Aside from Rob Schneider, the Dark Judges are probably Judge Dredd's most notable foes --- and they're definitely some of the most terrifying characters in comics. So terrifying, in fact, that they have inspired an actual nightmare for 2000 AD artist Dave Kendall, and since he's not one to let an opportunity for inspiration slip by, that dream has led to a new series exploring the origin of John Wagner and Brian Bolland's most horrifying creations.
Set after their all-encompassing genocide of the dimension that would become Deadworld --- once the judges determined that all crime was committed by the living, but before they discovered their ability to travel to Dredd's Mega-City One to try their hand at exterminating another world --- Dreams of Deadworld explores each of the four Dark Judges in turn in stories drawn by Kendall and written by Kek-W.
Like many comic book fans, I am deeply suspicious of books that try to get ideas across to the reader without using pictures. I mean, honestly, I think we can all agree that having to use adjectives is a sign of an inferior medium, right? Right. I will say, though, that my opinion on prose could probably be softened a bit if I had some books about Judge Dredd going to other dimensions and fighting a gang of future-crooks who broke out of Iso-Block 666, but as I do not live in Great Britain in the '90s, that has been impossible... until now!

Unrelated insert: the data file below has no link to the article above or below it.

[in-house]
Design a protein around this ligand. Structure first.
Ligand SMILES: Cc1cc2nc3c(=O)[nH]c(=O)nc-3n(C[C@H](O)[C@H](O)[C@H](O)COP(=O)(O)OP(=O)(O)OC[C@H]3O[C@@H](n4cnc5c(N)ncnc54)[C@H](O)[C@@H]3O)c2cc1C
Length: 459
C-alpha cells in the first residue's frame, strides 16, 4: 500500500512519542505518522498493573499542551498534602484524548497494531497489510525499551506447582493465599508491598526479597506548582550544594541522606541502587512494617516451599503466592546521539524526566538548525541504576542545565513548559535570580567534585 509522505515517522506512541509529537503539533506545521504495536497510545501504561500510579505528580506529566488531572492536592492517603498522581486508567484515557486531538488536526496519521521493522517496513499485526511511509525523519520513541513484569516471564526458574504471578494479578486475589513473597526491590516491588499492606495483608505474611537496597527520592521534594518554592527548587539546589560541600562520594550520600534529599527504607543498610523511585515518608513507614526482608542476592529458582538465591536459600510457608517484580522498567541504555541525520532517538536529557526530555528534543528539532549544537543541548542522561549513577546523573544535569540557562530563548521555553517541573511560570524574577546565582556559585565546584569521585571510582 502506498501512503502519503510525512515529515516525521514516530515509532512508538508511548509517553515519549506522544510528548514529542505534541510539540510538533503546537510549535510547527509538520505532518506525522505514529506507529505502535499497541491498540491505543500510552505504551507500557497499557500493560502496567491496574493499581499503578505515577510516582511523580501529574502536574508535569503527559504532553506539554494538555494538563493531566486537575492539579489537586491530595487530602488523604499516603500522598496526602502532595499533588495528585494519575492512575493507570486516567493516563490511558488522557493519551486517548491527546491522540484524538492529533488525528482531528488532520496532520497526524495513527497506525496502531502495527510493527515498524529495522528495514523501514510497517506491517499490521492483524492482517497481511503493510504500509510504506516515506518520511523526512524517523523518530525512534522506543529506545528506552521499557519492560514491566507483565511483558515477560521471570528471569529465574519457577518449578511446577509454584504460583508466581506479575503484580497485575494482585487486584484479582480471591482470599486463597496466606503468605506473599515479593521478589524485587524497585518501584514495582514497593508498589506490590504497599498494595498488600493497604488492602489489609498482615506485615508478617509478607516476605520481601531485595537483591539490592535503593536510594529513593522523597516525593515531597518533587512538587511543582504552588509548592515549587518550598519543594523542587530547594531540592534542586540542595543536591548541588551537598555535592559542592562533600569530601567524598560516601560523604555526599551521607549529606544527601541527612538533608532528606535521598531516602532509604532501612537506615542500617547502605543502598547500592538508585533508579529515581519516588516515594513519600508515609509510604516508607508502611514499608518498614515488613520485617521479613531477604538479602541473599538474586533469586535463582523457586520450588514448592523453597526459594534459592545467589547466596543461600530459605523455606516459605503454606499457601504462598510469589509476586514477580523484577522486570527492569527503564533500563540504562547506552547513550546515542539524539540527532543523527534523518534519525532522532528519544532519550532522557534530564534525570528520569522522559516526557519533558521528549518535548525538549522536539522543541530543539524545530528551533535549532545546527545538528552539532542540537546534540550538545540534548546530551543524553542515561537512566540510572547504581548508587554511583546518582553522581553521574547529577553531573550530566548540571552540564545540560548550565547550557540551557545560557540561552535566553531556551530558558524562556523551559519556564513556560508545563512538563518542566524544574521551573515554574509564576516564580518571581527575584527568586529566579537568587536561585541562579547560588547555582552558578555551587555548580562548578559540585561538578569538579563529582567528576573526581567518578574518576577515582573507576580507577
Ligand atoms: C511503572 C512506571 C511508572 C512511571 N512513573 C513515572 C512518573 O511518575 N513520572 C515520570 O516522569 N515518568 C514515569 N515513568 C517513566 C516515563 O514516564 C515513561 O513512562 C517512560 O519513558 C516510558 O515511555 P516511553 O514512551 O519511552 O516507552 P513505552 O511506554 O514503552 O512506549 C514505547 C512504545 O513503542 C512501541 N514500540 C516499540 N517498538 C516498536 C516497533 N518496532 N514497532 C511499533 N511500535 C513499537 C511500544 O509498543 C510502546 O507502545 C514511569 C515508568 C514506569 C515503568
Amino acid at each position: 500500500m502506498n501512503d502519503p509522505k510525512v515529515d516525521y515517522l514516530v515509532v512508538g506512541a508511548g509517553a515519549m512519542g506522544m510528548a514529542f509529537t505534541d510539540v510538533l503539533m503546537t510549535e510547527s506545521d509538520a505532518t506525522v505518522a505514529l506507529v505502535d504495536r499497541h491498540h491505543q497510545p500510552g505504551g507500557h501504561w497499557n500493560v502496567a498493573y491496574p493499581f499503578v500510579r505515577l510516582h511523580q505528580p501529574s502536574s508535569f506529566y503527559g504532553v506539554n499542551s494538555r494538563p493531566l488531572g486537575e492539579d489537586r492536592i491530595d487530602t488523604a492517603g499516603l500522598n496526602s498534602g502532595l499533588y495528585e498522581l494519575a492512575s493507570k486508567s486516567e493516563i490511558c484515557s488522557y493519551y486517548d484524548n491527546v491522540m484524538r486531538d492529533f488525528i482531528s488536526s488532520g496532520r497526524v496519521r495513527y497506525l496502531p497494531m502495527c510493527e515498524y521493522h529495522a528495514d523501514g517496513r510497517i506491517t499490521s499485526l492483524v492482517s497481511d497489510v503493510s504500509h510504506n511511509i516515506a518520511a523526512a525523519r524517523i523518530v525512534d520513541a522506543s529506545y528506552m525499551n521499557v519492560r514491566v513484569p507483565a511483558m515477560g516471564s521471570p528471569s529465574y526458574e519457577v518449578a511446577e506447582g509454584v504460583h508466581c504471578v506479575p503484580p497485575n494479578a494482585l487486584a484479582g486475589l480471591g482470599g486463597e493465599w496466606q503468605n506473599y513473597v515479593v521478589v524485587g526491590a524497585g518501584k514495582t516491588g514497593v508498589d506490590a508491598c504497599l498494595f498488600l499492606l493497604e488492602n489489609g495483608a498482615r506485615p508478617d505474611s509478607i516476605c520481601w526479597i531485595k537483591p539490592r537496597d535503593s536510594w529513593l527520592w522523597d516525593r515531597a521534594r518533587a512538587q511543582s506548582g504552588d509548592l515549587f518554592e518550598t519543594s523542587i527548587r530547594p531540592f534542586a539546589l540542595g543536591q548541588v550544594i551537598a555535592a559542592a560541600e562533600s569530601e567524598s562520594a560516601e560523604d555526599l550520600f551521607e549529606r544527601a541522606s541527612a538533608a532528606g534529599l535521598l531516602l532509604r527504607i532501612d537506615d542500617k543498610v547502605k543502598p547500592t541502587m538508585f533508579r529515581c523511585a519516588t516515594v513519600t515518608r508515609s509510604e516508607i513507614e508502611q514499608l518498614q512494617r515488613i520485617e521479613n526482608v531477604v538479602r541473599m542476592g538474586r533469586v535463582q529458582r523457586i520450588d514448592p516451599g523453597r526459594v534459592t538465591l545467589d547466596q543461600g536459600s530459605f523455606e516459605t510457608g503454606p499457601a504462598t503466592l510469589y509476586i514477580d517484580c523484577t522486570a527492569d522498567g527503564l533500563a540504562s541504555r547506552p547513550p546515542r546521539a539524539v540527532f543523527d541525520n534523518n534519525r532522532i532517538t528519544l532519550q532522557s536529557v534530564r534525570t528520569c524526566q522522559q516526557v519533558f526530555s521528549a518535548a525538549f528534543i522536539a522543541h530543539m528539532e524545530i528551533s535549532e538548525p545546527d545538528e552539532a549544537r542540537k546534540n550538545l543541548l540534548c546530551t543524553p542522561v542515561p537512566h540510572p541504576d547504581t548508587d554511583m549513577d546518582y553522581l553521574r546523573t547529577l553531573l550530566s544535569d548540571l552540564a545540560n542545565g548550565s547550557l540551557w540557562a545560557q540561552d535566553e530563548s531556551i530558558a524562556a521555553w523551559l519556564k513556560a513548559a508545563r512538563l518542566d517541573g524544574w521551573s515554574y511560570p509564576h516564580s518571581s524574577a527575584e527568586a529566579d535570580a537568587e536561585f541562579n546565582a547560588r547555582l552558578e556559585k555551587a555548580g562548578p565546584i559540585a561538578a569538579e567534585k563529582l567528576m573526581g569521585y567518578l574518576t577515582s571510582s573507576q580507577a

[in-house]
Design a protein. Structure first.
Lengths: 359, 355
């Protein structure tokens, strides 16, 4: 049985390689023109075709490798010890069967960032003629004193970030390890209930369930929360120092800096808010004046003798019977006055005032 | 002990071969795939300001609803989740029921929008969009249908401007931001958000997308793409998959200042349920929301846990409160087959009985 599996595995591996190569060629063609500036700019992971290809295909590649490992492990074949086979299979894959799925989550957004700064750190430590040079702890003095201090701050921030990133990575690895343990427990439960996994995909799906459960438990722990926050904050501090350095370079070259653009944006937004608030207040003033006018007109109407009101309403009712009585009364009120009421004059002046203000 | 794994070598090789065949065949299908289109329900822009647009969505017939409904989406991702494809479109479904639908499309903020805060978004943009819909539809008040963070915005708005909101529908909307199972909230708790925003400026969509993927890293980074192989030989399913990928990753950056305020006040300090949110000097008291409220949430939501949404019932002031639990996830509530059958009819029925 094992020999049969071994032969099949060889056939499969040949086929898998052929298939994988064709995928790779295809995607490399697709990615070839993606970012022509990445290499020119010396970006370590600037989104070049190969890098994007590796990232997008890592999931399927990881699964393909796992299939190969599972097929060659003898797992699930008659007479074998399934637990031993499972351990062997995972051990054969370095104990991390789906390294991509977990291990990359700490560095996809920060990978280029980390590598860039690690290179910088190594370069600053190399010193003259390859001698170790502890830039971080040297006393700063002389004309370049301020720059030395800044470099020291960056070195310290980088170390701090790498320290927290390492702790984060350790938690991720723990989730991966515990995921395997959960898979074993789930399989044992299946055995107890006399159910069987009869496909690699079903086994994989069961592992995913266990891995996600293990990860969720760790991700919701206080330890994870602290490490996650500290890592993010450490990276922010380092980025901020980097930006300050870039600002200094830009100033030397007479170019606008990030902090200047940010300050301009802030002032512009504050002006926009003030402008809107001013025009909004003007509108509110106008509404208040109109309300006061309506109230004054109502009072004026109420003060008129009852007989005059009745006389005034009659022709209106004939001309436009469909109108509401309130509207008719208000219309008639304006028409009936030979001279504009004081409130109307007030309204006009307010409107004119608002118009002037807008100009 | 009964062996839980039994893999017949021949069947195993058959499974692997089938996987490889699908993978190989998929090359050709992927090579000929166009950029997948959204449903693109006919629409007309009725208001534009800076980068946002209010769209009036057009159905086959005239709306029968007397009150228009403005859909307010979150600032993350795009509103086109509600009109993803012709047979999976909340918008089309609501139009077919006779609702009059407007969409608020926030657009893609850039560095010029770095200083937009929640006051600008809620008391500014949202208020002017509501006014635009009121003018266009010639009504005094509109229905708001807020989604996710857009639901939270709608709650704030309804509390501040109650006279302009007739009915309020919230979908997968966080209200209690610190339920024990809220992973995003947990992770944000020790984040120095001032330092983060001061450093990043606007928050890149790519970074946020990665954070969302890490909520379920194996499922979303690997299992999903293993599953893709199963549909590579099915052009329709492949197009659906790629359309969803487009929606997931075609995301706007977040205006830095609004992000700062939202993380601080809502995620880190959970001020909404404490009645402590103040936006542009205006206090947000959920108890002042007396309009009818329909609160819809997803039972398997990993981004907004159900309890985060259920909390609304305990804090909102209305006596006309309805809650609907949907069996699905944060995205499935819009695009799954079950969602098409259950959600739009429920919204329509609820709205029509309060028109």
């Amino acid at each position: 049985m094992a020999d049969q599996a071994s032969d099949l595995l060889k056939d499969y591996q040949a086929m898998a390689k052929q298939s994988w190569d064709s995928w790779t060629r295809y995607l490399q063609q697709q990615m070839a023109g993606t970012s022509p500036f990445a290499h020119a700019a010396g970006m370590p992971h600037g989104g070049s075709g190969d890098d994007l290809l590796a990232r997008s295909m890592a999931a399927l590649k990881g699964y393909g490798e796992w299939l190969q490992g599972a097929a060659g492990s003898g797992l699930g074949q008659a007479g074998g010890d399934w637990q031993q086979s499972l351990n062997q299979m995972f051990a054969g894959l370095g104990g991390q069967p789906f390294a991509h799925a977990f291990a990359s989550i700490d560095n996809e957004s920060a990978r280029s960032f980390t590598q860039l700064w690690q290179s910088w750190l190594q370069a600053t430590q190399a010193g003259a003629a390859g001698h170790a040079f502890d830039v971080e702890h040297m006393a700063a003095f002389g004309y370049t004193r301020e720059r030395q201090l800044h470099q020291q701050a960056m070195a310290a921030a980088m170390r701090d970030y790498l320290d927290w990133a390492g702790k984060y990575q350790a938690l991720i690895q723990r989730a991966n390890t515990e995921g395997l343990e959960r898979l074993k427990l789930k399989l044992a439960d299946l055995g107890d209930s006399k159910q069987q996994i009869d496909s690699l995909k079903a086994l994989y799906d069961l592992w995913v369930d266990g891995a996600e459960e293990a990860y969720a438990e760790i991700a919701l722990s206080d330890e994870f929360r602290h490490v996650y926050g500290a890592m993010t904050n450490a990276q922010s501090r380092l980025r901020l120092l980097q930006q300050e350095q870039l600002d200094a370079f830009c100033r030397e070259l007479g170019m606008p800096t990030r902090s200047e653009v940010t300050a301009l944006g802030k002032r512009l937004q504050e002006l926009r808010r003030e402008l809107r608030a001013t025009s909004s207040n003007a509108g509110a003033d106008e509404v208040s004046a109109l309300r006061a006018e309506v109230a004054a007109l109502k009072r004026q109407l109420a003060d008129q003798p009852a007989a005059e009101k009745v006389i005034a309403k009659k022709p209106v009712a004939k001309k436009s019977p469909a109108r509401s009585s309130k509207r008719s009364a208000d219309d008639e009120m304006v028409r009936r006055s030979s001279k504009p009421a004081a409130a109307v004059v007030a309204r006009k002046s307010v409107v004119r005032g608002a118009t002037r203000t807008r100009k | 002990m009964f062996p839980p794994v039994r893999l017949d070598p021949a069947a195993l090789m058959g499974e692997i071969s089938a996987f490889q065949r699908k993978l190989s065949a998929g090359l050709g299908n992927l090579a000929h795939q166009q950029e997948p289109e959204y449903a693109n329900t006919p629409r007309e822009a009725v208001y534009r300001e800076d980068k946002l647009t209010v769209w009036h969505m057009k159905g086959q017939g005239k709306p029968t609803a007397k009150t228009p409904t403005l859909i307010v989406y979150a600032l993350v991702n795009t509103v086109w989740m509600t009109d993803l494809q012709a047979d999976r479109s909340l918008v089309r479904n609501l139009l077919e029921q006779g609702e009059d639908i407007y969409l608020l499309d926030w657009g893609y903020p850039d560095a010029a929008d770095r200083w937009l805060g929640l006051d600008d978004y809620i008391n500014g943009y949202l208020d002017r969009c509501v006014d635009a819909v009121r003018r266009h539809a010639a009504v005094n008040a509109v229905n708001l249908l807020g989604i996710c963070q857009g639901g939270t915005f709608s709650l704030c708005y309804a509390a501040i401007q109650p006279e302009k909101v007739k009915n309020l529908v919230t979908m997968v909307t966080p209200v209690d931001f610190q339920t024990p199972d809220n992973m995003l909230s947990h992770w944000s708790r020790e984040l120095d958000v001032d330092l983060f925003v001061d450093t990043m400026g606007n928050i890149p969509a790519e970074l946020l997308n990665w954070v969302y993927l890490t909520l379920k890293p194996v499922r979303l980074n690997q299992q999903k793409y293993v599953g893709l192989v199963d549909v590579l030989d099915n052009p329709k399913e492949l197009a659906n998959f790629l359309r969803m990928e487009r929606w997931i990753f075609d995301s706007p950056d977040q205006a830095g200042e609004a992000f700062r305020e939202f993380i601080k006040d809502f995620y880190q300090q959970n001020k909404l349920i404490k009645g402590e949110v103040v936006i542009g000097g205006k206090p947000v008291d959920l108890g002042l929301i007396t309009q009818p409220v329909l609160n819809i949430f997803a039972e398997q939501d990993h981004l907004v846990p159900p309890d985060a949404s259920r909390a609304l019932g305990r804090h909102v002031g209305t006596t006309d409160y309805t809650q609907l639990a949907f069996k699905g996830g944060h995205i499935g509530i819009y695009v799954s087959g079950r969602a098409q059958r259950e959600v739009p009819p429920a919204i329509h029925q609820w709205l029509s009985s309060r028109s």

Today, 2000 AD announced the release of a series of nine out-of-print Judge Dredd novels on Amazon for Kindle, including one with the amazing premise of Judge Death running for mayor.
If you've missed the first two chapters of Demon Nic, currently running in the pages of 2000 AD's Judge Dredd Megazine, here's what you need to know before the third chapter hits shelves this week: First off, it's a new supernatural action series from writer/artist Paul Grist, the man responsible to for the single greatest superhero comic ever printed, and frequent collaborator and colorist Phil Elliott. Second, the main character is a demon named Nic --- hence the title --- in a world where an uneasy truce between humanity and the forces of Hell has been broken and now demons are just sort of hanging out in the world making front-page news.
Third, and perhaps most importantly, Nic was killed at the end of the second chapter by a karate nun. There, now you're all caught up. Now check out a preview.
As someone who only got really into Judge Dredd relatively recently, I get asked pretty often about good places to start. For more recent stuff, it's not hard to figure out a good place, and if nothing else, the folks at 2000 AD are pretty good at providing jumping-on points for new readers. When it comes to finding those classic Dredd stories, though, the ones that sometimes played out over the course of years and explored not just Dredd but the strange world in which he lives, that can be a little more difficult.
But that's about to change. Next week marks the release of John Wagner and Colin MacNeil's Judge Dredd: America, in paperback for the first time on the west-side of the Atlantic --- and when even the publisher is declaring it to be "the best Judge Dredd story ever," that's probably something to take note of.
The last few years have seen a number of fan-films produced by smaller production companies, for characters ranging from Black Panther to the Power Rangers. The films tend to reproduce the original costumes faithfully... before completely disregarding the original tone, style, and voice of the characters and comics in favor of gore and 'edginess'. Despite the popularity of fan films, not many of them actually tend to serve the stories they base themselves from.